This collection of essays is presented in memory of Ronald Gregor Smith of The University of Glasgow, the well known translator of Martin Buber. Smith’s constant concern with the problems of secularization made the subject of the memorial volume most appropriate. The wide respect for Professor Smith’s thought, his visiting appointments in both Europe and the United States, and the fact that Scotland has long served as a theological bridge between European and Anglo-Saxon interests accounts for essays by S. (...) M. Ogden, W. McKane, H. Wardlaw, I. Nicol, D. Templeton, A. D. Galloway, H. Gollwitzer, and E. Bethge as well as the editor. A dynamic view of history as the avenue for speaking of God in a secular age is the common theme. Although the essays concentrate on theological concerns with secularization, Nicol and Templeton make extensive use of Collingwood’s philosophy of history as an approach to problems of history and transcendence. (shrink)
Sundry times and sundry places Content Type Journal Article Category Book Review Pages 1-3 DOI 10.1007/s11016-012-9670-5 Authors David Knight, Philosophy Department, Durham University, 50, Old Elvet, Durham, DH1 3HN UK Journal Metascience Online ISSN 1467-9981 Print ISSN 0815-0796.
Este artículo atiende la manera en que Ronald Dworkin –como H. L. A. Hart y John Rawls, a quienes él sigue– enuncia el fundamento de los derechos humanos. Cierta presencia de iusnaturalismo en ese fundamento es señalado por Dworkin, Hart y Rawls y ellos buscan cuáles serían los derechos naturales del hombre, i.e., ellos son derechos que no pueden depender de un contrato social porque ellos son primeros para estos y son presupuestos; debido a esto, ellos no pueden depender (...) de la sola positivación. Hay, entonces, un iusnaturalismo escondido o latente en el fundamento de los derechos humanos como derechos morales. (shrink)
In Legality Scott Shapiro seeks to provide the motivation for the development of his own elaborate account of law by undertaking a critique of H.L.A. Hart's jurisprudential theory. Hart maintained that every legal system is underlain by a rule of recognition through which officials of the system identify the norms that belong to the system as laws. Shapiro argues that Hart's remarks on the rule of recognition are confused and that his model of lawis consequently untenable. Shapiro contends that a (...) new approach is vital for progress in the philosophy of law and, with his lengthy presentation of his own Planning Theory of Law, he aspires to pioneer just such an approach. Except for a very terse observation in the final main section, this article does not directly assess the strengths and shortcomings of Shapiro's piquant planning theory. Instead, I defend Hart against Shapiro's charges and thereby undermine the motivation for the development of the planning theory. (shrink)
Ronald Preston defended the middle axiom approach to doing Christian social ethics developed by J. H. Oldham for the 1937 ‘Life and Work’ conference. Preston argued that middle axioms continue to offer the churches a relevant ecumenical method. Middle axions has since been subject to fundamental criticism by ethicists such as Duncan Forrester. It will be argued that a case study of the Church of Scotland's contribution to the devolution debate, as part of Scottish civil society, supports Preston's defence (...) of the middle axiom approach as a relevant form of political engagement in the new context of local-global politics. (shrink)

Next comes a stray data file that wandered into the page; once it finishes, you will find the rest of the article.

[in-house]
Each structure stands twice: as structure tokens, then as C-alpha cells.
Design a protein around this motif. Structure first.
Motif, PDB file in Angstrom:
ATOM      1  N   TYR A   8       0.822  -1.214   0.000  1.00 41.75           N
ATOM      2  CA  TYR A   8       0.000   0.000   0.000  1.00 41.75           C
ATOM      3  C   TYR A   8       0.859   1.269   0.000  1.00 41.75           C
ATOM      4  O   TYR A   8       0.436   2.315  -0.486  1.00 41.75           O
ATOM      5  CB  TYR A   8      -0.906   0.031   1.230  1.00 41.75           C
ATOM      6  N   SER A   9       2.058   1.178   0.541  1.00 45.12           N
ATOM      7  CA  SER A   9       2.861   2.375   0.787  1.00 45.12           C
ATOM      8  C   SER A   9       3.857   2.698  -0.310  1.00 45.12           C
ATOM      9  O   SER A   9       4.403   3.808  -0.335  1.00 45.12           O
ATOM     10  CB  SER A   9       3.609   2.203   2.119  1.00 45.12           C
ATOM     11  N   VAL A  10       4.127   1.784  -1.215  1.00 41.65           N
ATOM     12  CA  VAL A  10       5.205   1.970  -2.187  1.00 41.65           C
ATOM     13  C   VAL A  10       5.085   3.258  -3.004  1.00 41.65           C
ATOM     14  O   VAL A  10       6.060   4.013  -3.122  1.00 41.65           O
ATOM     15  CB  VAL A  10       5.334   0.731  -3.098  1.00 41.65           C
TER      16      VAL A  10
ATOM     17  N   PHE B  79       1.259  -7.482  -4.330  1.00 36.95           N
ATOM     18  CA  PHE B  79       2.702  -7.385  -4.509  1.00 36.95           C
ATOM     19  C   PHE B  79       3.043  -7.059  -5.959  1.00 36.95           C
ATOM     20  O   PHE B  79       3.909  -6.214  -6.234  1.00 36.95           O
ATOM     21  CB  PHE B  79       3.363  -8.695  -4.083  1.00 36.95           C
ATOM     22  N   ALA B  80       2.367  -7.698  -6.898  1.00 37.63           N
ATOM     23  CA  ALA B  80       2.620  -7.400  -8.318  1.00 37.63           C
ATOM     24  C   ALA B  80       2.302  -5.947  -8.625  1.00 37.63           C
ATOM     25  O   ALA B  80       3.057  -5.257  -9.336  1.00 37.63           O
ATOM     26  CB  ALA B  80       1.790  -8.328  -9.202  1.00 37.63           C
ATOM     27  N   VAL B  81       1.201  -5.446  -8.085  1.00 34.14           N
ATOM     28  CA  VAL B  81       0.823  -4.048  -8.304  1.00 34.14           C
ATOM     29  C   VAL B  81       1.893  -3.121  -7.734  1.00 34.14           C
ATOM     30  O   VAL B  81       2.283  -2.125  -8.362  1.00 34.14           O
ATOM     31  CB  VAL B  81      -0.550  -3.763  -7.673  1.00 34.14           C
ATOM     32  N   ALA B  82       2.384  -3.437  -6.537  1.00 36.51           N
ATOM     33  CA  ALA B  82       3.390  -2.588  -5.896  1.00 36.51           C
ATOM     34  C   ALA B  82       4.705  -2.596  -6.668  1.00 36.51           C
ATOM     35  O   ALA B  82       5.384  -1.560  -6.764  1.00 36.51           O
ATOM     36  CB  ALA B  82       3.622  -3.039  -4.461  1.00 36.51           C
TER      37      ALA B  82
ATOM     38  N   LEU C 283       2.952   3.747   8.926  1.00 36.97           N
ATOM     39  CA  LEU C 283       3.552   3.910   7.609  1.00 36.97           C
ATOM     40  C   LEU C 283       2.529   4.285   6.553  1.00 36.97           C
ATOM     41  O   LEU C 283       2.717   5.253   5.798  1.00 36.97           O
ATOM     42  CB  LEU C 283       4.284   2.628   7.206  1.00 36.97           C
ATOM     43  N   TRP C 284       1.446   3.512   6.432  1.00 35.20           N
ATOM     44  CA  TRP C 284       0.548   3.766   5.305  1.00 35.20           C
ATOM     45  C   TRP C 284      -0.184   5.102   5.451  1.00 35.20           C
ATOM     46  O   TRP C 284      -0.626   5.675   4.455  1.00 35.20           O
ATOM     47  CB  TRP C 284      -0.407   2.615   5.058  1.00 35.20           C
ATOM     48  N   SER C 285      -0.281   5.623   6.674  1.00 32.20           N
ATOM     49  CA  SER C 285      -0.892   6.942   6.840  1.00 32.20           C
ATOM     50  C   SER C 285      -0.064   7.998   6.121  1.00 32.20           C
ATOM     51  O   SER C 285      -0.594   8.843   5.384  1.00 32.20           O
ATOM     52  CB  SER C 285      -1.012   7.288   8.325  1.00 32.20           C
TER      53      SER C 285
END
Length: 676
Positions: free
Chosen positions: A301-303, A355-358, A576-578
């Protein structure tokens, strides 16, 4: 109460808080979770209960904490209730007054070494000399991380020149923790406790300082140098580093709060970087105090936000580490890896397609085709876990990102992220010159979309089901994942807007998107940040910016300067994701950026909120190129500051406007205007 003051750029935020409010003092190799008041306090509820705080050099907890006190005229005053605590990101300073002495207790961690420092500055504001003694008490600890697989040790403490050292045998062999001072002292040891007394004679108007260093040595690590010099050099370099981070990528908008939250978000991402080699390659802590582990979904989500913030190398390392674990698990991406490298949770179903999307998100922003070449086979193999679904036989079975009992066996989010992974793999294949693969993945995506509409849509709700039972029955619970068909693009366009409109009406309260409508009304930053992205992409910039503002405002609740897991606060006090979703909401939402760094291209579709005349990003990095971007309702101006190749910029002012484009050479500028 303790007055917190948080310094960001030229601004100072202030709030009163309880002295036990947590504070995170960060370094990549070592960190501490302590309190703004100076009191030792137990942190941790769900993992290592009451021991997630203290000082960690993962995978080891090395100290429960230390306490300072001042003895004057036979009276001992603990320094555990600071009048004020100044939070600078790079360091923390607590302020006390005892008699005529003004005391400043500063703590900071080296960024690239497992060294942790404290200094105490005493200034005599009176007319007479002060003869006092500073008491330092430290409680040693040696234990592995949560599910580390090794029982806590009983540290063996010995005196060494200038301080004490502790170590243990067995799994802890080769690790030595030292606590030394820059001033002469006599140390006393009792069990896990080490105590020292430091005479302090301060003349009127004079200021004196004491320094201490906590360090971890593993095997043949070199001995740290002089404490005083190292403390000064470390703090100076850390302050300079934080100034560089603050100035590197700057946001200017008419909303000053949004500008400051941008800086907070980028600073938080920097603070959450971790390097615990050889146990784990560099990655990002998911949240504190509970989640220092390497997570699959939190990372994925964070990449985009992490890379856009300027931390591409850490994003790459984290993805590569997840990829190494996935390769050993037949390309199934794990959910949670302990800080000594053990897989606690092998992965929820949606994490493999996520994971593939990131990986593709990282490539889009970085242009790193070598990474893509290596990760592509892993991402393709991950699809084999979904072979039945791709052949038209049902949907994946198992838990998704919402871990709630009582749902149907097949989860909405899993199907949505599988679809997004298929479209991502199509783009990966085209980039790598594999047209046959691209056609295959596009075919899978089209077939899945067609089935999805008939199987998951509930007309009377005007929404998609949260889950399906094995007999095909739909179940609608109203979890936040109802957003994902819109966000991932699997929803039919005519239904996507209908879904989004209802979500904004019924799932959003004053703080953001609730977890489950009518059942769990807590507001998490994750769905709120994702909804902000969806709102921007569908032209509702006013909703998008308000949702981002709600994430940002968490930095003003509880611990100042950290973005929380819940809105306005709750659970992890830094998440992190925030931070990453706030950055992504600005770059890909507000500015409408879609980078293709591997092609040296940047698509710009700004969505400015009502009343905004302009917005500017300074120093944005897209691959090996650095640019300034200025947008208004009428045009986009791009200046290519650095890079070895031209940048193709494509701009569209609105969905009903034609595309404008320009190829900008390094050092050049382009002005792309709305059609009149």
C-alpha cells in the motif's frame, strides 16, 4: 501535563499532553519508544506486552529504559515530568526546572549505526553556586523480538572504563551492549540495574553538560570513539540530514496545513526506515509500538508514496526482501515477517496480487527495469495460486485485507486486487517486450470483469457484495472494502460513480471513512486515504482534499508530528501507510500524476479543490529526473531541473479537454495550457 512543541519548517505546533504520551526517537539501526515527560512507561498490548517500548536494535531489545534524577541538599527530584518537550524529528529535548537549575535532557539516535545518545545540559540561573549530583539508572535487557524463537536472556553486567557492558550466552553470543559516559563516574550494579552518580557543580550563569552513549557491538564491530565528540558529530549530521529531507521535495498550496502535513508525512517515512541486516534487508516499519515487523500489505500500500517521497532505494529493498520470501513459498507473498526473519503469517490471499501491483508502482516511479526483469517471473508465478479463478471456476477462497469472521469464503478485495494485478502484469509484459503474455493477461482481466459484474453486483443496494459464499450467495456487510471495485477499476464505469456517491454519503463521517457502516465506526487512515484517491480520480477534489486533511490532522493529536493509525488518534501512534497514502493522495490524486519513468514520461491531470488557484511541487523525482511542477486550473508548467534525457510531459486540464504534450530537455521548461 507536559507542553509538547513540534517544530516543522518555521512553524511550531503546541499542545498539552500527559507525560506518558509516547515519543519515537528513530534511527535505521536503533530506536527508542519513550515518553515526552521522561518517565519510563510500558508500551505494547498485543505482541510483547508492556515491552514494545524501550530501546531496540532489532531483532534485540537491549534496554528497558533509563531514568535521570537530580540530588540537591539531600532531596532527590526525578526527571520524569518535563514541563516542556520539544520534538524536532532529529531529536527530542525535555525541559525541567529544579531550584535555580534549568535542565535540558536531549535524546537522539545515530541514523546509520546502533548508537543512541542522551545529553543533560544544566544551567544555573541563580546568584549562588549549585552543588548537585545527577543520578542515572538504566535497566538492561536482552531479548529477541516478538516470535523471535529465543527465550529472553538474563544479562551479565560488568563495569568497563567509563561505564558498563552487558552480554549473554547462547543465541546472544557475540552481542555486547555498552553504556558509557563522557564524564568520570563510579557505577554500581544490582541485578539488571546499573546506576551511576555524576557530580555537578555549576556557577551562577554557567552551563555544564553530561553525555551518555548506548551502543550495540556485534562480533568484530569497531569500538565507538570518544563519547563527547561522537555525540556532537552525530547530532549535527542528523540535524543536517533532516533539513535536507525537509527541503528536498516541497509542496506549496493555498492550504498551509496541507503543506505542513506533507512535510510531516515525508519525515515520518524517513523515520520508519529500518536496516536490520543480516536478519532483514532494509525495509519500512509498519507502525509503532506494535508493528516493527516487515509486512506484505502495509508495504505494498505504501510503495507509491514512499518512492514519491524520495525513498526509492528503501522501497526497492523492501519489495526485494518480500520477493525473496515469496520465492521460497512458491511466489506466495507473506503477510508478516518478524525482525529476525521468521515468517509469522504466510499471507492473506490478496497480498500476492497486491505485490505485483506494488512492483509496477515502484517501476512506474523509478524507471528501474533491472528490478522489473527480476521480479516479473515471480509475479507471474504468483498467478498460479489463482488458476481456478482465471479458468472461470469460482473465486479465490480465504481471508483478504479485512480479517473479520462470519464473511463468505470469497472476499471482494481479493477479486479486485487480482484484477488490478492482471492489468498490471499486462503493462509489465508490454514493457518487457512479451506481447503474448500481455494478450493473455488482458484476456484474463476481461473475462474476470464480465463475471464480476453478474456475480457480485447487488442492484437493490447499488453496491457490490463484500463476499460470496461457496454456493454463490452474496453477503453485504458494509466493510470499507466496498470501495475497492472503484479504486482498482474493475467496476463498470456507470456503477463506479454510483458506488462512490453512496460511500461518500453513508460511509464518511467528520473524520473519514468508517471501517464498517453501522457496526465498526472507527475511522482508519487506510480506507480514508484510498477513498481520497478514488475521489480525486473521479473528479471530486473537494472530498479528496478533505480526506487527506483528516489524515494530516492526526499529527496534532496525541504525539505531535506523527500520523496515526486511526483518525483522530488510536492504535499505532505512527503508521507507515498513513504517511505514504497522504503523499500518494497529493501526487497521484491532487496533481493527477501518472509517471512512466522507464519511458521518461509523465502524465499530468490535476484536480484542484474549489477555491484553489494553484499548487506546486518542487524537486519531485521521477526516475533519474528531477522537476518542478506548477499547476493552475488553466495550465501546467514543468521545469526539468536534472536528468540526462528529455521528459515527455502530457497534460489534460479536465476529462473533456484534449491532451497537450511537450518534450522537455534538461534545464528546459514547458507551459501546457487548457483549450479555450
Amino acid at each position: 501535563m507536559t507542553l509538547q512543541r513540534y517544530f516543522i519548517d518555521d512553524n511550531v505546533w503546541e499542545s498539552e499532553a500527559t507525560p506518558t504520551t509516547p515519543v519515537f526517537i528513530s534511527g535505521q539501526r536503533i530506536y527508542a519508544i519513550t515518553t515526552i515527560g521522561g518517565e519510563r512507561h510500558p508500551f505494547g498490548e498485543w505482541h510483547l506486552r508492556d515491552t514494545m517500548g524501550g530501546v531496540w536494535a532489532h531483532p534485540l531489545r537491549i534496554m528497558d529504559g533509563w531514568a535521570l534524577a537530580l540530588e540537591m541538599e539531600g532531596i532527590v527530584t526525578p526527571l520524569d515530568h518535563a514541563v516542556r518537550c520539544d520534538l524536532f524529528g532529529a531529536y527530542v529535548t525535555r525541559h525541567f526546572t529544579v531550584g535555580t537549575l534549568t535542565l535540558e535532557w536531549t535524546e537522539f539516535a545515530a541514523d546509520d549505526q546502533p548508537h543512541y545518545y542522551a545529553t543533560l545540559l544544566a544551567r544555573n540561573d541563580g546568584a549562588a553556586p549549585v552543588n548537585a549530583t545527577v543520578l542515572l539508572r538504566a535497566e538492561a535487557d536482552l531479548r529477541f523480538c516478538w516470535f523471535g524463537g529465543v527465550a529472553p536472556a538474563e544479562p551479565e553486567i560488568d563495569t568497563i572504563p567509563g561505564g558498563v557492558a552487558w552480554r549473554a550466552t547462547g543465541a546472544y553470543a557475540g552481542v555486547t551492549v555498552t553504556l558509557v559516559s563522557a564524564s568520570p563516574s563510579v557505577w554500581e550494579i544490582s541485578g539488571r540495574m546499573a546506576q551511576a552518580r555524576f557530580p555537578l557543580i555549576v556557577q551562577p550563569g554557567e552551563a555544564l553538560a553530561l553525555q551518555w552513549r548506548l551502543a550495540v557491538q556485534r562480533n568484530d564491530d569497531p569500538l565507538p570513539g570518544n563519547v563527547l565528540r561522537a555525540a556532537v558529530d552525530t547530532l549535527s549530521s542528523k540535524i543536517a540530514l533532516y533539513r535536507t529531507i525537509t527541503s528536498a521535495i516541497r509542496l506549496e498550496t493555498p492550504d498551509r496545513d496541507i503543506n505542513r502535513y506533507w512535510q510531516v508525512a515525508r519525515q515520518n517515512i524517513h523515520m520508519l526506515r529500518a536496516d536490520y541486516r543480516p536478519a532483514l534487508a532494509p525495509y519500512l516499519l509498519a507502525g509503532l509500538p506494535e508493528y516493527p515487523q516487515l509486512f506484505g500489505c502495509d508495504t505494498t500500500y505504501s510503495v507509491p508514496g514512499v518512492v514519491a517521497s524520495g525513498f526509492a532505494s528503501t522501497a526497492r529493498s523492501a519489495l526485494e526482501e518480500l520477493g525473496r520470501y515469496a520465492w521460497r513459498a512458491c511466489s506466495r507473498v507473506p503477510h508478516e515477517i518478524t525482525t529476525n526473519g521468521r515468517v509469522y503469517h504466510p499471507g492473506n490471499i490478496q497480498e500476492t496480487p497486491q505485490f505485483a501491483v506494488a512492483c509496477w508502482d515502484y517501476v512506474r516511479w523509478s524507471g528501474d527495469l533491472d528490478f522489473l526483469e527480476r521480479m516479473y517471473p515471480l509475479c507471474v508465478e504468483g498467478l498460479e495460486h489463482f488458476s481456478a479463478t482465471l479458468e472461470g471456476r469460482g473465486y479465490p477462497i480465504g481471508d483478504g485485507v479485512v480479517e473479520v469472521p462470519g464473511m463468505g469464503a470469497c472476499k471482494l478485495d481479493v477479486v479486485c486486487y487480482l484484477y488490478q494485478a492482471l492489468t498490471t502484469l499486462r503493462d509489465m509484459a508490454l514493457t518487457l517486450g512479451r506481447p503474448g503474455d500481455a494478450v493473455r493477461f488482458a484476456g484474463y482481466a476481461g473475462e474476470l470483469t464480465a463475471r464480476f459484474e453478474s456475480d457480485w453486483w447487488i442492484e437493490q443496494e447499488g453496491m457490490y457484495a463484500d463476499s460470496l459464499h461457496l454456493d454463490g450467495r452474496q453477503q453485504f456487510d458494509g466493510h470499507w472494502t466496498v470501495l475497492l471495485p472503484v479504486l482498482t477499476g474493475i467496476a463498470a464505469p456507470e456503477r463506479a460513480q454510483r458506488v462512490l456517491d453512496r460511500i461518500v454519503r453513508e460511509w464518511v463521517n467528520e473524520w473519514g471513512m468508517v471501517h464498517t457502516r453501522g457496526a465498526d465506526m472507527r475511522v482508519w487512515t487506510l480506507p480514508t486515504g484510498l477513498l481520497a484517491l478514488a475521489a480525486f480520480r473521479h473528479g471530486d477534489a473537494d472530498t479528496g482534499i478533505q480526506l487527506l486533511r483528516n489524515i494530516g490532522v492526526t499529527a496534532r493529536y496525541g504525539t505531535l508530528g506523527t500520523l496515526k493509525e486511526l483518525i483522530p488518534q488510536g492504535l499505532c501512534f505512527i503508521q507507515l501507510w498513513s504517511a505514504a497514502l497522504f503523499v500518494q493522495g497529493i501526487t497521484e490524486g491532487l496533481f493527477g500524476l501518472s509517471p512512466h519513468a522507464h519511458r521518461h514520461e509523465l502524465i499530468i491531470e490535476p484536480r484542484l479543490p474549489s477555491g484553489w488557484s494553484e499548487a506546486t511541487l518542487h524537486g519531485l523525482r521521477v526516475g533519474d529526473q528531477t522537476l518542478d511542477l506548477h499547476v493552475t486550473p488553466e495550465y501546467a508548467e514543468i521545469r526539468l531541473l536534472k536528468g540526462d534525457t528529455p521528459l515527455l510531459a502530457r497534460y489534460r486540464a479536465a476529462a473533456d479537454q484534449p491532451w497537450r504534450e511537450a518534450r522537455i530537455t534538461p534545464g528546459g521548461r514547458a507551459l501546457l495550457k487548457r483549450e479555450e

It seems certain that one day we will allow the genetic technology which will enhance our offspring. A highly effective new tool, called CRISPR, which allows for carving out genes, is already being used to edit the genomes of animals. In July 2017, the FDA legalized that germline drugs for therapeutic purposes could be sold in the market. It is a high time, now, that we need engage in discussions about the ethics of germline intervention. To contribute to the discussion (...) by showing our thought and to educate the public, we write this paper. (shrink)
Even to disagree, we need to understand each other. If I reject what you say without understanding you, we will only have the illusion of a disagreement. You will be asserting one thing and I will be denying another. Even to disagree, we need some agreement.
This is a collection of essays on themes of legal philosophy which have all been generated or affected by Hart's work. The topics covered include legal theory, responsibility, and enforcement of morals, with contributions from Ronald Dworkin, Rolf Sartorius, Neil MacCormach, David Lyons, Kent Greenawalt, Michael Moore, Joseph Raz, and C.L. Ten, among others.
Ronald Preston wrote little of feminism, and feminism appears to have ignored Preston. There is much, however, in Preston's work which feminists would have found sympathetic, as well as some areas for acute disagreement. This article discusses what Preston did write about feminism, and goes on to examine areas of common approach: the hermeneutic of suspicion, social ethics, and a priori commitments. It also, briefly, discusses areas of disagreement: common consensus, universalism, and eschatological realism. It ends with the question (...) of why Preston did not engage more fully with the radical changes in the position of women which occurred during his lifetime. (shrink)
This book explores aspects of William H. Poteat’s philosophical anthropology, which proposes a post-critical alternative to the prevailing dualistic conception of the person and opens a path to recovery of the pre-reflective ontological ground of the person where our personhood can be recovered and re-appropriated.
1 — 50 / 1000
Using PhilPapers from home?
Create an account to enable off-campus access through your institution's proxy server.
Monitor this page
Be alerted of all new items appearing on this page. Choose how you want to monitor it: